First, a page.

Is the estimation of Shannon's mutual information from data subject to the curse of dimensionality? And if yes why?

  • $\begingroup$ Do you have a specific problem in mind? I believe the answer is yes, because estimating the probability distribution of a random variable in high dimensional space is subject to the curse of dimensionality. Does it make sense? $\endgroup$
    – AndreaL
    Dec 9, 2020 at 13:26
  • $\begingroup$ No. I am just considering the general problem of MI estimation. I know that there are different techniques. Maybe some are not subject to the curse of dimensionality or maybe they all are. But, if they are, it is not clear to me why. $\endgroup$
    – Cesare
    Dec 9, 2020 at 14:09

1 Answer 1


"Simple" approaches would definitively suffer from this problem. For example in this paper: https://arxiv.org/pdf/1910.00365.pdf, they state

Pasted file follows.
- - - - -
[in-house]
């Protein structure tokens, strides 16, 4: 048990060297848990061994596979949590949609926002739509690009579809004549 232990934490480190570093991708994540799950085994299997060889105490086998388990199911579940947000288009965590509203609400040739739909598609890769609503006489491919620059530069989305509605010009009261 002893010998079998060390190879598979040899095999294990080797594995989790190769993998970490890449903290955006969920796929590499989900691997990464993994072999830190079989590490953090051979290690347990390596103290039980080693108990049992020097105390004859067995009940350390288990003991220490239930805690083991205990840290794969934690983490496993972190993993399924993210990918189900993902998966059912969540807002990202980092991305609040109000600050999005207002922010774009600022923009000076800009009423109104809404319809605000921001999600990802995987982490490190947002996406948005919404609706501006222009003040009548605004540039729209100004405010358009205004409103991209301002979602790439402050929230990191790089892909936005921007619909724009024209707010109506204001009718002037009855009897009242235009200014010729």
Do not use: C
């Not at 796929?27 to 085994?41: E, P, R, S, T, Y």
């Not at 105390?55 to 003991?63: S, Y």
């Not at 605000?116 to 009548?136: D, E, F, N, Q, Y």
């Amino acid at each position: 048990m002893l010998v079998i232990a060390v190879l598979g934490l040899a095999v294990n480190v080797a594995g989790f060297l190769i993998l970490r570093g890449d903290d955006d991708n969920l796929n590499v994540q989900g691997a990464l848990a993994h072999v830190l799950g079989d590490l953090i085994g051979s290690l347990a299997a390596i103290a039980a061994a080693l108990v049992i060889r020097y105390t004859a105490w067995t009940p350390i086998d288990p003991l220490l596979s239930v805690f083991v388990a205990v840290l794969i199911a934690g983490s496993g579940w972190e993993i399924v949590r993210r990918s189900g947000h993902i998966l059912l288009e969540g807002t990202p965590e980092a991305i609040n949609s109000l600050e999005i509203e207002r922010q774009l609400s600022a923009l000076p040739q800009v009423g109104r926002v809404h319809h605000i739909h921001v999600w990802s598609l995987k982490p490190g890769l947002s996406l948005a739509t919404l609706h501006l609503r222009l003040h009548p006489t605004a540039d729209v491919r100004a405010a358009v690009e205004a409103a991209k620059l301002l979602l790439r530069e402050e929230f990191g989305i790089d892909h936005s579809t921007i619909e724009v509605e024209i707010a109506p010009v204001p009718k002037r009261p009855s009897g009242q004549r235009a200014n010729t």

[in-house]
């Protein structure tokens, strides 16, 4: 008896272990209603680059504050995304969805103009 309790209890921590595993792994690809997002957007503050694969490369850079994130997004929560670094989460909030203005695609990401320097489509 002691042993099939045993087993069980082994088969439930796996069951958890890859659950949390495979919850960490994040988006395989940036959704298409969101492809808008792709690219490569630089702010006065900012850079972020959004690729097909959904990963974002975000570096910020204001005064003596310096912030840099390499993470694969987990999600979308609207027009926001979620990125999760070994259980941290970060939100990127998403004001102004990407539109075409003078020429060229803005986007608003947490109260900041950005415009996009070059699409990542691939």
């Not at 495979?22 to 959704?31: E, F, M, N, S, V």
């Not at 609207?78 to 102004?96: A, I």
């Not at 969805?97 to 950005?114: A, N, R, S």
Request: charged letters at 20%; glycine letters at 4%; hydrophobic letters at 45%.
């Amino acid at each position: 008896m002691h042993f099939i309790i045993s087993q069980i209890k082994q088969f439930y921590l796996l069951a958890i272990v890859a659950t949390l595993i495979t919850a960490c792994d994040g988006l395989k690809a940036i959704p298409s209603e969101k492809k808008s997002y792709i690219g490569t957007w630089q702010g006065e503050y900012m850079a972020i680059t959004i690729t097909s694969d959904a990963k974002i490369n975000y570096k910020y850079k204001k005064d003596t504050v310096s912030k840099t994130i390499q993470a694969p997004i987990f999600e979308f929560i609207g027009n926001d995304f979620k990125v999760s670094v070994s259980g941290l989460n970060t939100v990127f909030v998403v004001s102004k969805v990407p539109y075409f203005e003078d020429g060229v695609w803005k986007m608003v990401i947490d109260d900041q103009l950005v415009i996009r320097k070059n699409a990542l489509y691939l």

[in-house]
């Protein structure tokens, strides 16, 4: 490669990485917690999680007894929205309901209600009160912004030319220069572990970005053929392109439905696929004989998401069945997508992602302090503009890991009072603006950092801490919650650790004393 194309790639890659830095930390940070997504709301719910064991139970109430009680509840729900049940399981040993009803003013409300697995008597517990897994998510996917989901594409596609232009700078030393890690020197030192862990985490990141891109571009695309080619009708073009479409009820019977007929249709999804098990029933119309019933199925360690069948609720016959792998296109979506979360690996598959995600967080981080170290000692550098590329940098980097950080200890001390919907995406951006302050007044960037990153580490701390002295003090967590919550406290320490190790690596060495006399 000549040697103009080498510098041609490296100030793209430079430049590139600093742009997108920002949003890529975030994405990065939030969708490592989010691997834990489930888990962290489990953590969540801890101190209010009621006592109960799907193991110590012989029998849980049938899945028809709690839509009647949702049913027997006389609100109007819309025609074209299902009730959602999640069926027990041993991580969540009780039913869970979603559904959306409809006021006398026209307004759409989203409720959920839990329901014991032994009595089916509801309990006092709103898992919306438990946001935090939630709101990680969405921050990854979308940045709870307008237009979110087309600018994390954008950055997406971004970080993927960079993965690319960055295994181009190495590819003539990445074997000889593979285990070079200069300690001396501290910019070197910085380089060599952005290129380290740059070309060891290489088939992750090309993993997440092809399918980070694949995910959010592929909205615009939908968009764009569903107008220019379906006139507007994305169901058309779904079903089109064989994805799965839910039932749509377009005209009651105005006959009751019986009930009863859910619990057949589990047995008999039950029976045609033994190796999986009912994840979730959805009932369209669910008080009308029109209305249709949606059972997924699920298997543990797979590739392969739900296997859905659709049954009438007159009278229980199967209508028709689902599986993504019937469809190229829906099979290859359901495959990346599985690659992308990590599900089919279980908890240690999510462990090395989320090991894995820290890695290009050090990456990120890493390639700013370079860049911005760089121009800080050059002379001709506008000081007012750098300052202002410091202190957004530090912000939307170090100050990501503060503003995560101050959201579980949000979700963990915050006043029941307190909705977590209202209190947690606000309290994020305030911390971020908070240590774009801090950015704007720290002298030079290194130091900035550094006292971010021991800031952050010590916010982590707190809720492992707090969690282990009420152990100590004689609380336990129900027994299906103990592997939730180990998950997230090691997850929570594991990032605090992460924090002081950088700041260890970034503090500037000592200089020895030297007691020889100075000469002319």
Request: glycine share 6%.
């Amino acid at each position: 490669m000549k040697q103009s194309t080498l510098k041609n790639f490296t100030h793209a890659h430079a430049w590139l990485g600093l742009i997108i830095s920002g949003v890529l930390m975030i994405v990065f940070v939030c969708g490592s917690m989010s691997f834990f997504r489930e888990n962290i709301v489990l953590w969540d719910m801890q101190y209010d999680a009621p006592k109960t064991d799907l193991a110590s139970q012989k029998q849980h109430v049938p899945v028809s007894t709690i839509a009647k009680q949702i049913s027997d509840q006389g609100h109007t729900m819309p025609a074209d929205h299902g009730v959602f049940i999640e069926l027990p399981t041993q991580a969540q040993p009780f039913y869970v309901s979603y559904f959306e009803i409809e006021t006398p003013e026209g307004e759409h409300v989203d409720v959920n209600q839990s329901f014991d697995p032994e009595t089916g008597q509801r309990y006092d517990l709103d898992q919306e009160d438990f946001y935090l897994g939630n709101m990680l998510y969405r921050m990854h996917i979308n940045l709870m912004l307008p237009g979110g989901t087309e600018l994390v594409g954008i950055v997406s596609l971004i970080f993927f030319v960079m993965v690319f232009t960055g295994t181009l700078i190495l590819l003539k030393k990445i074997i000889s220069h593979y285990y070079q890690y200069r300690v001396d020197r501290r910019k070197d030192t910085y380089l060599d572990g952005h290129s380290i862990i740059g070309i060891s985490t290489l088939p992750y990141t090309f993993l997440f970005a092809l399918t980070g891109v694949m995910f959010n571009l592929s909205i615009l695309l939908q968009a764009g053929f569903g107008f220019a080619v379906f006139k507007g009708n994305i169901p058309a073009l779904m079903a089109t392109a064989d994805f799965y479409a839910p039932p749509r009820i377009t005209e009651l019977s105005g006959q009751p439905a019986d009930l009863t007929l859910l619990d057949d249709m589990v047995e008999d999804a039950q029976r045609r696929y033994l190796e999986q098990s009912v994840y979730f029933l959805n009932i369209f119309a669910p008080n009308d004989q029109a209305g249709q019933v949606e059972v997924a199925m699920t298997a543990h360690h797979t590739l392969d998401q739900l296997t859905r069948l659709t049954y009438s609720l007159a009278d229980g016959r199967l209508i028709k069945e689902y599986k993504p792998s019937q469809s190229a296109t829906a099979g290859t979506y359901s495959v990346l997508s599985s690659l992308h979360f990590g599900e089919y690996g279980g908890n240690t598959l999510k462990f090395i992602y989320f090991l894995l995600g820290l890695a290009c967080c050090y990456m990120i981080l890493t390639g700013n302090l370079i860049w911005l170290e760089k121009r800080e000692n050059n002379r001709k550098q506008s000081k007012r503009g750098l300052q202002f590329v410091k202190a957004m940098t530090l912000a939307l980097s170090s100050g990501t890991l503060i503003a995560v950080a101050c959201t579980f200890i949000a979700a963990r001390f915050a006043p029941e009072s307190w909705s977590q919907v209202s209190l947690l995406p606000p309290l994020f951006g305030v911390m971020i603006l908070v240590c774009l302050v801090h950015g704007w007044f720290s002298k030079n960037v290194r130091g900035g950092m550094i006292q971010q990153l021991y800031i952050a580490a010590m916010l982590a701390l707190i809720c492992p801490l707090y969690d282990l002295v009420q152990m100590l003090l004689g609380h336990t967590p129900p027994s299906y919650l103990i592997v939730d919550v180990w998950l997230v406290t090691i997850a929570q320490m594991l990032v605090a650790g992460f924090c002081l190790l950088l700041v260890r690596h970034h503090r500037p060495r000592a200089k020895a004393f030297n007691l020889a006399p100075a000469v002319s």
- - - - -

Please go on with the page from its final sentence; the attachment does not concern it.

One unfortunate consequence of the (KSG) estimator of the first kind is its reliance on the L∞ norm for finding neighbors. [...] Such a choice can lead to problems in regions where the probability varies greatly, which can easily happen in spaces of large dimension. Unless the density of samples increases exponentially with respect to the dimension of the space, the errors in choosing L∞ will compound quickly.

In other words, this estimator suffers from the curse of dimensionality.

So, why are simple approaches subject to the curse of dimensionality? It's because estimating the mutual information involves an estimate of the probability density distribution $P(X, Y)$ and of the marginal distributions $P(X)$ and $P(Y)$.

Estimating these in high dimensions is really hard, precisely because of the curse of dimensionality. In high dimensions, every point is a snowflake, and it's really hard to get a decent density of samples.

As you say, there might be more sophisticated estimators that are more robust to this problem, but I don't know the literature well enough.


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